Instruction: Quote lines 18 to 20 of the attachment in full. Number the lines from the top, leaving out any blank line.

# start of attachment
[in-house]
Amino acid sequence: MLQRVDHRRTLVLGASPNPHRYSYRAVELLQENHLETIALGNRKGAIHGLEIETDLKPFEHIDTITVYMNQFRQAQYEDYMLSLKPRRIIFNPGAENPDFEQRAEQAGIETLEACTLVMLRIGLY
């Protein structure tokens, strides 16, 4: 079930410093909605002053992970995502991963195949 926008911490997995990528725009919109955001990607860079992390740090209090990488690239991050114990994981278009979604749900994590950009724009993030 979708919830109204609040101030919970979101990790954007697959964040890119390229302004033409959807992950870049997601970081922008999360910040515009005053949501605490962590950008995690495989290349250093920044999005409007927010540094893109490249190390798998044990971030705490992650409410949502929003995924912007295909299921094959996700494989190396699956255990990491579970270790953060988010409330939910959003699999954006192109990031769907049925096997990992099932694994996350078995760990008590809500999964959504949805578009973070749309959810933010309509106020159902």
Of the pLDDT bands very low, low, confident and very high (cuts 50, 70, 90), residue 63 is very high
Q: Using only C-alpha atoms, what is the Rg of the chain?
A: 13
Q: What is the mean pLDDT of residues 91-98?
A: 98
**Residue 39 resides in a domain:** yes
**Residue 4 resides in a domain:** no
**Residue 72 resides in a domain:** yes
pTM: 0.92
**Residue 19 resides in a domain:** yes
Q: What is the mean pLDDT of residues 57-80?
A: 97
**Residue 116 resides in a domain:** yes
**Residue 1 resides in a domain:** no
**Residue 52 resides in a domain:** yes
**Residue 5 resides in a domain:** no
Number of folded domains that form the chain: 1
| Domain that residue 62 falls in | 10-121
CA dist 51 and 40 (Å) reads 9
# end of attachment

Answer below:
**Residue 52 resides in a domain:** yes
**Residue 5 resides in a domain:** no
Number of folded domains that form the chain: 1